Why would a business owner choose cloud computing over a traditional network?

  • The cost of buying, installing and supporting a computer network goes down dramatically.
  • You gain greater flexibility in accessing your computer network (files, applications, etc.) remotely and from various devices (laptop, iPad, Blackberry, etc).
  • You gain the benefit of having built-in disaster recovery and data backup.
  • You can purchase cheaper workstations (devices) and get them to last longer since the computing “power” is in the cloud and not on the individual workstation.
  • Since you are paying for the service like a utility, it’s cheaper and easier to add and remove workers from your network.
  • You avoid hefty network upgrade costs.
  • You no longer need to pay for someone to maintain your network (server, firewall, patch management, backups, etc.)

What cloud computing is NOT
There is a lot of Cloud Computing mumbo jumbo out there. The term “Cloud Computing” gets thrown around a lot and is often used to describe the following services, which are only pieces of a Cloud Computing solution. As a business owner you shouldn’t need to deal with all the geek-Greek. You should leave that to a Cloud specialist like Paruzia.

Business Benefits Of Cloud Computing

  • Eliminates capital expenditures for hardware, software, networking equipment
  • Ensures automatic software licensing compliance
  • Eliminates the business risk associated with owning and managing computer technology
  • Reduces administrative overhead and associated costs
  • Liberates existing IT staff to refocus on strategic, business building objectives and projects
  • Maximizes business productivity with anytime, anywhere and any device availability for users
  • Built-in, state-of-the-art business continuity and disaster recovery capabilities
  • Financial flexibility and control over IT spending

Learn about Cloud Computing for your business

Technology Made Human

Apple goes on WWDC-related domain buying spree

SAN FRANCISCO, CA - JUNE 06:  Apple CEO Steve ...

Image by Getty Images via @daylife

June 9, 2011 12:09 PM PDT – by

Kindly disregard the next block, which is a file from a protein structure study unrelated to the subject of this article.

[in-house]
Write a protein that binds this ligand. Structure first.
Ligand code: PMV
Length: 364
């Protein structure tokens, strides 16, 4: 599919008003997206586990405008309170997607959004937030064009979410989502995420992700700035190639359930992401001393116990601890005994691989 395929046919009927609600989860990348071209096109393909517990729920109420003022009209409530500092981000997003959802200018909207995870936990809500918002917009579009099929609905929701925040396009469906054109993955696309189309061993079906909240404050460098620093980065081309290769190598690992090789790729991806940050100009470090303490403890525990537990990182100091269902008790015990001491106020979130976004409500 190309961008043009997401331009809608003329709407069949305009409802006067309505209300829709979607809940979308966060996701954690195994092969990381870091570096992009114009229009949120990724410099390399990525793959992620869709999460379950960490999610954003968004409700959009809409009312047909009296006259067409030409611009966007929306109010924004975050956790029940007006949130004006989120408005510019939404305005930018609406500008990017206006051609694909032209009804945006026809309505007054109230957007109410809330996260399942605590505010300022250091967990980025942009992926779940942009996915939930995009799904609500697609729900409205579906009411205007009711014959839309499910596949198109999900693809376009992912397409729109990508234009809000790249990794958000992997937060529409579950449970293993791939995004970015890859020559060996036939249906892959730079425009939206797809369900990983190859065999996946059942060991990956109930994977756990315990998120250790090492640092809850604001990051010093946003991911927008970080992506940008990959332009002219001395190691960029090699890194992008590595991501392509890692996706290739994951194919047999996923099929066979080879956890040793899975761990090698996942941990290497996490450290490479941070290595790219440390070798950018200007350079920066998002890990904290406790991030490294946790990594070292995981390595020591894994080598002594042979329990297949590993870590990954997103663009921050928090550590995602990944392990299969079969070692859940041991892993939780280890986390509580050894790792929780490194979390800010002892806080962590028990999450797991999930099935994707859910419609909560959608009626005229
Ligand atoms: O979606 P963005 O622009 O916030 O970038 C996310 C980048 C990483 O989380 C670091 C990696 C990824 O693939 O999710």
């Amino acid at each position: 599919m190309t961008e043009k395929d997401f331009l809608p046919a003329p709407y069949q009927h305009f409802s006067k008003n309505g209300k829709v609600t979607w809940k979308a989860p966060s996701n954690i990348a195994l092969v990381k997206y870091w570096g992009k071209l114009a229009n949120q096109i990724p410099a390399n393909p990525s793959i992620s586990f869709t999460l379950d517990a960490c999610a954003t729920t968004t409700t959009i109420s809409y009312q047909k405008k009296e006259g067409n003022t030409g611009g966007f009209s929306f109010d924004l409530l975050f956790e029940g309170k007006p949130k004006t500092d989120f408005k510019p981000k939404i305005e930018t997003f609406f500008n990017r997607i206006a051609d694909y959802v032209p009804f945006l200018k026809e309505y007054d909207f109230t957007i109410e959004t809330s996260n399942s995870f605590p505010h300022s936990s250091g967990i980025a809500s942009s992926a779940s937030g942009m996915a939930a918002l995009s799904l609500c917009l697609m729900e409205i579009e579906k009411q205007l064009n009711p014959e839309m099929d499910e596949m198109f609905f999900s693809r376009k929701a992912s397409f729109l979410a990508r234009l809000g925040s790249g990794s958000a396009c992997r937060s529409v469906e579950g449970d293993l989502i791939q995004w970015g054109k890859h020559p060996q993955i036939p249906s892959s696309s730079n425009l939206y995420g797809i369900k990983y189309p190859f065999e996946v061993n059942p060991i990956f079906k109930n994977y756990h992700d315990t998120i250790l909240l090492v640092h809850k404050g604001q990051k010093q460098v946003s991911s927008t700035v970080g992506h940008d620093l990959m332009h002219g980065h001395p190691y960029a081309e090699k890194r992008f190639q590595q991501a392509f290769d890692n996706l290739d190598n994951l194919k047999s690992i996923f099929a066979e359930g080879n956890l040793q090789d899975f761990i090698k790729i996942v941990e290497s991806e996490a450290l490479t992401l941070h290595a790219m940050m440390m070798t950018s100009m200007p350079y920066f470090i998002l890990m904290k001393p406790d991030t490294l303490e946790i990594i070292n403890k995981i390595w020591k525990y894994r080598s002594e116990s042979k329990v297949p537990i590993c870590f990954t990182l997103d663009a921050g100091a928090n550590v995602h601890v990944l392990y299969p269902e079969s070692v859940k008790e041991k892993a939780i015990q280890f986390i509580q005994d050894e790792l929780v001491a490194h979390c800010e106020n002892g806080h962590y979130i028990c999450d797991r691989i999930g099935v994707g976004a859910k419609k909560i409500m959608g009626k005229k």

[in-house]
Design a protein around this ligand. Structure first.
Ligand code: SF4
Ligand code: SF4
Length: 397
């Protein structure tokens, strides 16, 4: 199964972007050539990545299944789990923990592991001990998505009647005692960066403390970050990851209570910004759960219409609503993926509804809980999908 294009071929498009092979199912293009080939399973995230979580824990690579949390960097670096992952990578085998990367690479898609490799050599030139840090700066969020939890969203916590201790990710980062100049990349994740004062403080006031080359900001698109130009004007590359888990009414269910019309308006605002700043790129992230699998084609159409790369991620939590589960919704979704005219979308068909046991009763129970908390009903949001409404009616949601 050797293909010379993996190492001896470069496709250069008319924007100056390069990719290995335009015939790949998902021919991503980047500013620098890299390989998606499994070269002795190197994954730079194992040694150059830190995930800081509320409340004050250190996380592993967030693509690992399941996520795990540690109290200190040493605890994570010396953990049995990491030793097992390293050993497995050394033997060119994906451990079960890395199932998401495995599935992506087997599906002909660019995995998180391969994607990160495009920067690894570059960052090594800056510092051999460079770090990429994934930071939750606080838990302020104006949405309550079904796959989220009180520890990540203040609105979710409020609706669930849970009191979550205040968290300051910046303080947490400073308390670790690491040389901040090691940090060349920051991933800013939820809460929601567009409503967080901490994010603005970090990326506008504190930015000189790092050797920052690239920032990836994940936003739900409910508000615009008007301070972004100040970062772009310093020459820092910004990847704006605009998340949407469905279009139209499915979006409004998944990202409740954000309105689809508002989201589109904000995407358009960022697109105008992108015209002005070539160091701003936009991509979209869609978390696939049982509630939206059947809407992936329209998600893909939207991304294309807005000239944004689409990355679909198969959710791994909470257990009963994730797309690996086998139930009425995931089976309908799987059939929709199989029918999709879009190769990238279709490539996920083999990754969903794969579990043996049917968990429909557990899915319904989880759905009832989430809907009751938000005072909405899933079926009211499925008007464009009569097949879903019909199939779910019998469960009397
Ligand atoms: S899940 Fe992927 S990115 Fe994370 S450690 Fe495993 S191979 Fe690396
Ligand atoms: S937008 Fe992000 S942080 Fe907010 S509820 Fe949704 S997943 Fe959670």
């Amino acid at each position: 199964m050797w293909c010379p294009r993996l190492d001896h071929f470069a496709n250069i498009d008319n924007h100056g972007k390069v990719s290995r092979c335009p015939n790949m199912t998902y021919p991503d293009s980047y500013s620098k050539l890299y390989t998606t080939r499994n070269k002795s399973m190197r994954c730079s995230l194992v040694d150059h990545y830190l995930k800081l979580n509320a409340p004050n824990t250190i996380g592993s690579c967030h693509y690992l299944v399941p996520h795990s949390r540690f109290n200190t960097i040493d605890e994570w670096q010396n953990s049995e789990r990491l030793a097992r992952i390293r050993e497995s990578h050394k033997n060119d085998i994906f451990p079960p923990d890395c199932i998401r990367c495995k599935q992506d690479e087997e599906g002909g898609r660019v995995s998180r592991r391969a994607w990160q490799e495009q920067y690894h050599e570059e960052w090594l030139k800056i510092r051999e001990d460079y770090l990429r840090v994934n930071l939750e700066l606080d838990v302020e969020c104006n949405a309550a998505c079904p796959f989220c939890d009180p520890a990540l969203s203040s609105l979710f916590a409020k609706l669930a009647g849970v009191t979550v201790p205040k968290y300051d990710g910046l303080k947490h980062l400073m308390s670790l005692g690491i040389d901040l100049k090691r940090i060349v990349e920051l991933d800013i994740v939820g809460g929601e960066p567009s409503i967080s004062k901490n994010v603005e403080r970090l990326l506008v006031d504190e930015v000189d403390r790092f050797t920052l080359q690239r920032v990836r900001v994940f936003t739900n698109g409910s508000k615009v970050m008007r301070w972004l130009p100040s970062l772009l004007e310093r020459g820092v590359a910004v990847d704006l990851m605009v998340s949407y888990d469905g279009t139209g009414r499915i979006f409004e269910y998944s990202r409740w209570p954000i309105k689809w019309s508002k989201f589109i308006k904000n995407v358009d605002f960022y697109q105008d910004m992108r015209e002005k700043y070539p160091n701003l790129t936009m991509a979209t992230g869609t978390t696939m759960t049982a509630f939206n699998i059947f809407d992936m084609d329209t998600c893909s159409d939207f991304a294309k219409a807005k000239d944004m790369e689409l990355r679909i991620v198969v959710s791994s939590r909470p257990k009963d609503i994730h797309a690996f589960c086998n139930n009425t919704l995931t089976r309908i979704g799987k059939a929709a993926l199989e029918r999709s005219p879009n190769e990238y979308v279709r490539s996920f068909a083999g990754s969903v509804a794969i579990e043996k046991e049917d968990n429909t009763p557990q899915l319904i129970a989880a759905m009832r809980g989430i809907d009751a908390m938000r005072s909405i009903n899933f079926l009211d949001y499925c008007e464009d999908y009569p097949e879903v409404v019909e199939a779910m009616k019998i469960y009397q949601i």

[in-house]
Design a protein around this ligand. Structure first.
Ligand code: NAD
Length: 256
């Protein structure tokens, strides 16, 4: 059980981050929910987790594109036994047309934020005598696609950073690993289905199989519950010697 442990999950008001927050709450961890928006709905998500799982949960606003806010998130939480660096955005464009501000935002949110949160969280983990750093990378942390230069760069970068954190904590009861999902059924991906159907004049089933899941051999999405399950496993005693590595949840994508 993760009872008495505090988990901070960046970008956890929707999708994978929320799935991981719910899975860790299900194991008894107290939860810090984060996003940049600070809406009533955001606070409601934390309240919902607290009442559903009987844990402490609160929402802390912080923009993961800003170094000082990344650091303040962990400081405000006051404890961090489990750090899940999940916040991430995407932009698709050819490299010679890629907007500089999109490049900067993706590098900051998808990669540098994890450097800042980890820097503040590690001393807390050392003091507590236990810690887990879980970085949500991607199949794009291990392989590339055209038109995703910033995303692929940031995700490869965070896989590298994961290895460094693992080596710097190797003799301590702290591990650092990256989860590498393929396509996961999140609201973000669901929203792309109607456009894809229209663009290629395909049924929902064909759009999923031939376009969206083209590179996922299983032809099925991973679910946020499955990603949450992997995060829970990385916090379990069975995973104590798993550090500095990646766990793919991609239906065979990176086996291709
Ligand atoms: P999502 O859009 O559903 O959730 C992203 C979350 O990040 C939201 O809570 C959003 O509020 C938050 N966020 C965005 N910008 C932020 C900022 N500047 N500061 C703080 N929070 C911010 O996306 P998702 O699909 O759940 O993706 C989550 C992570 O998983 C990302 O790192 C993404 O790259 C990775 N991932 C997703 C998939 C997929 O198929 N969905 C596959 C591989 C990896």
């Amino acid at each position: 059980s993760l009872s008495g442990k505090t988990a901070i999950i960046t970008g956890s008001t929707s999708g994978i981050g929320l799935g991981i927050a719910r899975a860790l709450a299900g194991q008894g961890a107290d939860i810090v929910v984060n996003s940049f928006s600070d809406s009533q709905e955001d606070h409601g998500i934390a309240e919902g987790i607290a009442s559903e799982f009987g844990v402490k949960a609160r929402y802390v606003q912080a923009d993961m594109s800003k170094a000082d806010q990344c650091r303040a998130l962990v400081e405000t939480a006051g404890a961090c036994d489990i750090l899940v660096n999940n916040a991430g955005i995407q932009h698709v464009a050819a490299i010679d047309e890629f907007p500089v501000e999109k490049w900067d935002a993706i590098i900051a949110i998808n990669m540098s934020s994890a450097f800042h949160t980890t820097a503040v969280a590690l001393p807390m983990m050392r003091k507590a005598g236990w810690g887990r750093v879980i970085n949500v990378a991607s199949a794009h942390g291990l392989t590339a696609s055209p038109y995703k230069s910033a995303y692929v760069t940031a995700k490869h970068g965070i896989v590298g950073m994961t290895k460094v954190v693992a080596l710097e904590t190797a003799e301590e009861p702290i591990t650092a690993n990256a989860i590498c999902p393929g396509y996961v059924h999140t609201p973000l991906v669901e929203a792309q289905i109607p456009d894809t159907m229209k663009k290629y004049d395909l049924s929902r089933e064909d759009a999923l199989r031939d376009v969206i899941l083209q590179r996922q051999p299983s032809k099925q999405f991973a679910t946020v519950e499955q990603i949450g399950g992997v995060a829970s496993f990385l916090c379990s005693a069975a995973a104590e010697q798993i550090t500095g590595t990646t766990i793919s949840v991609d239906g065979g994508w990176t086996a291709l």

The same day Apple kicked off its Worldwide Developers Conference, the company staked its claim on domain names that include keywords of features in iCloud, iOS 5, and Mac OS X Lion.
Whois records dug up by TechCrunch show the company purchased at least 50 domain names. Some go directly to feature pages on Apple’s Web site, while others dead end or show up as not yet being hosted.

Read more [here].

Why Apple’s Ping Stumble May Help Google Music

Image representing iTunes as depicted in Crunc...
Image via CrunchBase

Click around for early opinions of Ping, Apple’s new social network for music, and you’ll start seeing the same complaints: It’s like a crowded room with the lights out; it’s impossible to find your friends, especially without Facebook or Gmail integration; the artist community is non-existent, except for a few Apple partners promoting the service. (Why else would Ping “recommend” we all follow Lady Gaga, Yo-Yo Ma, and Rick Rubin?) Boil it all down, and the early consensus is that the oft-flawless company, with Ping, has stumbled to serve consumers, distanced itself from record labels, and even aided Google.

Read more at http://www.fastcompany.com/1686882/why-apples-ping-stumble-may-help-google-music

Steve Jobs on why no Facebook for Ping

Image representing iTunes as depicted in Crunc...
Image via CrunchBase

On Wednesday at the Apple music event in San Francisco, I had a short chat with Apple CEO Steve Jobs, as he strolled through the demo room for the media, just after he had announced various updates for the iPod, Apple TV, and iTunes onstage.

One of the those was the introduction of a new social network for music called Ping that Apple has integrated within iTunes 10 and which looks an awful lot like the experience you get on Facebook.

Read more: http://news.cnet.com/8301-13579_3-20015402-37.html